Ida’s friendships at Newnham led to her campaigning actively on women students’ behalf, including being able to sit for the university’s final exams as a right, not a privilege (see my 1881 blog here). Horace supported Ida in this, as did many like-minded dons such as Richard Claverhouse Jebb, and there was a remarkable spirit of optimism in the air for women at Cambridge in the early 1880s.

In August 1880 Charles and Emma Darwin travelled to Cambridge to visit Ida and Horace. They stayed at 17 Botolph Lane, and met both Dew-Smith and Helen Gladstone. Despite Ida’s worries that Dew-Smith would not approve of her, they all got on famously well. ‘Our recent visit to Cambridge was a brilliant success to us all, & will ever be remembered by me with much pleasure.’ Charles Darwin told Frank Balfour.[v]

By the autumn of 1880 Ida and Horace had moved into a larger house at 66 Hills Road, and Francis Darwin went to visit them. He reported back to his father about Horace’s ambitious plans. ‘Fulcher has come round to going in a peaceable manner & remains friends with Dew,’ Francis wrote. ‘H[orace] looks on it as certain that he shall join Dew but it is still a state secret’. Dew-Smith had bought out Fulcher and persuaded Horace to join him as a partner in a new instrument-making business.[vi] Horace was convinced that he wanted to earn his own living independently from the generous allowance Charles Darwin gave him, but consulted Ida closely before making his decision. The Cambridge Scientific Instrument Company was officially launched on the first anniversary of their marriage, in January 1881.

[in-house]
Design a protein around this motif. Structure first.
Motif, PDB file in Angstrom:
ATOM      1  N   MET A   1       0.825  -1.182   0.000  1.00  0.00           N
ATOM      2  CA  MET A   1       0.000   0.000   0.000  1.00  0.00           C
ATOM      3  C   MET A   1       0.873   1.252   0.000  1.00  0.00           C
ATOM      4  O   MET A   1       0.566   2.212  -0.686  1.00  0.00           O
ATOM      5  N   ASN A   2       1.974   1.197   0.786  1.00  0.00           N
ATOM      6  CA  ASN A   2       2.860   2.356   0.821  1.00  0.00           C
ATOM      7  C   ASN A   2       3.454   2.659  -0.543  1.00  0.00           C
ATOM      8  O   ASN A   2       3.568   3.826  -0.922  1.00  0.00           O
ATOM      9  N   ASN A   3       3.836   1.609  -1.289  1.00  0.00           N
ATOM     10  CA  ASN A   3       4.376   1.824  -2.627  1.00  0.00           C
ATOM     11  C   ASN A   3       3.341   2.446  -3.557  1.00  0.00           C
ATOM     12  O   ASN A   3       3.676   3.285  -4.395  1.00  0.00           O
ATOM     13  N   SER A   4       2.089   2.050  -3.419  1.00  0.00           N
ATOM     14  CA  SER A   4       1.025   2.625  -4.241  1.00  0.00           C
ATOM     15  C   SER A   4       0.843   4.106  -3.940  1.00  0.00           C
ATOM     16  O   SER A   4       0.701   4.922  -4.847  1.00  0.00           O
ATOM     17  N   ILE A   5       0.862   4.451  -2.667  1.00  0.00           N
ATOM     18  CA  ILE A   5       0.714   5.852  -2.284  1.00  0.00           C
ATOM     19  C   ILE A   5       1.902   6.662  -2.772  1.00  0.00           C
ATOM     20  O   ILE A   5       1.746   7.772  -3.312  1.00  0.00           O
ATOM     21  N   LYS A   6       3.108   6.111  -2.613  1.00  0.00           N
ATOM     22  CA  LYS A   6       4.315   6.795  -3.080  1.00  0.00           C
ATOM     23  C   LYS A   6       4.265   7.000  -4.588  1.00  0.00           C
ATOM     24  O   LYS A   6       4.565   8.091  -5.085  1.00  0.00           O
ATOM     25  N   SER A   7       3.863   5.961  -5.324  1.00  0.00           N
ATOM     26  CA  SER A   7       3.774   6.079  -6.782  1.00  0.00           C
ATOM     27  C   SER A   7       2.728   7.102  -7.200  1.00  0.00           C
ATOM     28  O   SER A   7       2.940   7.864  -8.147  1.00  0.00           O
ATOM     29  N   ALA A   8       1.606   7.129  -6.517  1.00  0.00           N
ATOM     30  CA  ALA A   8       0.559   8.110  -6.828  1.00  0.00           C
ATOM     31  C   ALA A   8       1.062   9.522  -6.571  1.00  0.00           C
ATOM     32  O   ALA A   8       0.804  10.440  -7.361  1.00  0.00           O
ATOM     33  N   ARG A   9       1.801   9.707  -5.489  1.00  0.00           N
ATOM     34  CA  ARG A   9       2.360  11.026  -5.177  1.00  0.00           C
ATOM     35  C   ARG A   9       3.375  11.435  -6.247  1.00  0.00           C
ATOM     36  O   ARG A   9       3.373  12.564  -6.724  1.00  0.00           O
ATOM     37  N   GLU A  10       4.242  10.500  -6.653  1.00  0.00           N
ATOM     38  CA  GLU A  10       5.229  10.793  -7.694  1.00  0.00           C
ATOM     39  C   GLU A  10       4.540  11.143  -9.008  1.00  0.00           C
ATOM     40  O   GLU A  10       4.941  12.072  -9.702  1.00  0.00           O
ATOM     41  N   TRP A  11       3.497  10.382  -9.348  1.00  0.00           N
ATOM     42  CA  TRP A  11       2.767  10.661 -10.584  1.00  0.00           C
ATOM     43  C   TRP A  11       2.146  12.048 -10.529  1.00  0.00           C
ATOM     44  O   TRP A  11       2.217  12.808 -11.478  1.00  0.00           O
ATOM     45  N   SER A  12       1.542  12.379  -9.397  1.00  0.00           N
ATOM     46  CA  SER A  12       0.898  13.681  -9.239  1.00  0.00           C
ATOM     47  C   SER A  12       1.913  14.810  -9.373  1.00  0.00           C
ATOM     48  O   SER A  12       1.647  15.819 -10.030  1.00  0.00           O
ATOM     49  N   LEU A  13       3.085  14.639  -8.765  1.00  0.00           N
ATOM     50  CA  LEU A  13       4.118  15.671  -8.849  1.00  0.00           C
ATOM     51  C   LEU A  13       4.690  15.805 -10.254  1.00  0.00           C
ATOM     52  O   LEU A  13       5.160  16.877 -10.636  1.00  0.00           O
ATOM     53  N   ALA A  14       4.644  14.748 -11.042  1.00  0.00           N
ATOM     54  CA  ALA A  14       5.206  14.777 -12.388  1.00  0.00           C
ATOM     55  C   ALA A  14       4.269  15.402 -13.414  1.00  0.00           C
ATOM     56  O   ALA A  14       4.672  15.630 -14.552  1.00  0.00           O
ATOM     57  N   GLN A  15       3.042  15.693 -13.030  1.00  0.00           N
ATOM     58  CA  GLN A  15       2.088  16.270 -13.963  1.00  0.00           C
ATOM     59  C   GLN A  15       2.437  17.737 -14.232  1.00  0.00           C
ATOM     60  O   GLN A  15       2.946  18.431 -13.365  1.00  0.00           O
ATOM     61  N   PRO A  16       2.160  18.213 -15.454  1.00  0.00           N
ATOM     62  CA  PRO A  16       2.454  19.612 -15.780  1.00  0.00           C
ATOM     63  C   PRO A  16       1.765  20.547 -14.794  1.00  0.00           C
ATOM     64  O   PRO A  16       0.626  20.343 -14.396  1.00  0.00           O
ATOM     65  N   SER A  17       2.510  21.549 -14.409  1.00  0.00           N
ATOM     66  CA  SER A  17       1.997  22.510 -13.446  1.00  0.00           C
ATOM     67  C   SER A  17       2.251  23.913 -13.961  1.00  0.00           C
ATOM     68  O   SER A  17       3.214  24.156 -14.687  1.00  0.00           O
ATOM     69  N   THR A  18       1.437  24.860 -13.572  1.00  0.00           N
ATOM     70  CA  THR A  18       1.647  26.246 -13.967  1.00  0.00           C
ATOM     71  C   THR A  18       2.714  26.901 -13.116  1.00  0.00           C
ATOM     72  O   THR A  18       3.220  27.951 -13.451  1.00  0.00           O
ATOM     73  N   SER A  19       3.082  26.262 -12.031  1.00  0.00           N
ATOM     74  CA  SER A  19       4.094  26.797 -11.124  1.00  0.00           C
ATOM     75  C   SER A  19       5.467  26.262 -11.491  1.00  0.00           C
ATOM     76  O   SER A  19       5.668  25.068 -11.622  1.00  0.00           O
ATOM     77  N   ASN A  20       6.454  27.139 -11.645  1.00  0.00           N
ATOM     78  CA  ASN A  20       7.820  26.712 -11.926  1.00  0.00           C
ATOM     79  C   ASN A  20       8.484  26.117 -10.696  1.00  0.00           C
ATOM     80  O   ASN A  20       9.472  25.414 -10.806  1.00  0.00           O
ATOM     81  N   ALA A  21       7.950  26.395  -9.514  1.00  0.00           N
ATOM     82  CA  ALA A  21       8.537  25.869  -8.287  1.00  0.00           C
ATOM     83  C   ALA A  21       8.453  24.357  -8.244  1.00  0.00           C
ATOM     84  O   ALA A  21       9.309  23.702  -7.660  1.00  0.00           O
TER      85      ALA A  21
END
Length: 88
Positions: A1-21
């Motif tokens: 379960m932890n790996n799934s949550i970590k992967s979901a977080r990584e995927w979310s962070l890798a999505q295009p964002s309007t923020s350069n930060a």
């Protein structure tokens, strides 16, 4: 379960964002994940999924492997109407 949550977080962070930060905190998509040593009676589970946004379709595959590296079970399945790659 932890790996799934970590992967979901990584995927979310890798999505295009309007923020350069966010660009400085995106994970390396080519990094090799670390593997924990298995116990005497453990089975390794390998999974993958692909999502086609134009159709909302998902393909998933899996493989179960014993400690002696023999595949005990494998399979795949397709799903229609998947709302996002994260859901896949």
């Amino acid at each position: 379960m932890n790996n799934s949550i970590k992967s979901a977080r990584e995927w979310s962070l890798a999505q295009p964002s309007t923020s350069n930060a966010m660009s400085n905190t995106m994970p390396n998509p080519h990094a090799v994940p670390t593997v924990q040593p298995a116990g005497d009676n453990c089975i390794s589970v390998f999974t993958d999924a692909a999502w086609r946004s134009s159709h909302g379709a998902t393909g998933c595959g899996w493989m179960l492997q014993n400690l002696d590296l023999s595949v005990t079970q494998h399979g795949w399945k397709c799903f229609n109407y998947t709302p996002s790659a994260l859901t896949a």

© Ann Kennedy Smith 2022, all rights reserved


 

Footnotes

[i] Cambridge University Library, Ida Darwin Papers, Add. 9368.1: 3828, 1 Feb 1880, Horace to Emma Darwin. The klinostat developed by Horace Darwin is described in detail in Francis Darwin’s Life and Letters of Charles Darwin (1880) pp. 449–55.

[ii] Charles Darwin’s book (assisted by Francis Darwin) Movement in plants: The power of movement in plants was published in November 1880. Darwin Correspondence Project, “Letter no. 11613,” accessed on 14 February 2022, https://www.darwinproject.ac.uk/letter/?docId=letters/DCP-LETT-11613.xml. See also Anne Secord, ‘Specimens of observation: Edward Hobson’s Musci Britannici’ in The Whipple Museum of the History of Science (CUP, 2019) eds. Joshua Nall, Lisa Taub & Frances Willmoth, pp. 101-118.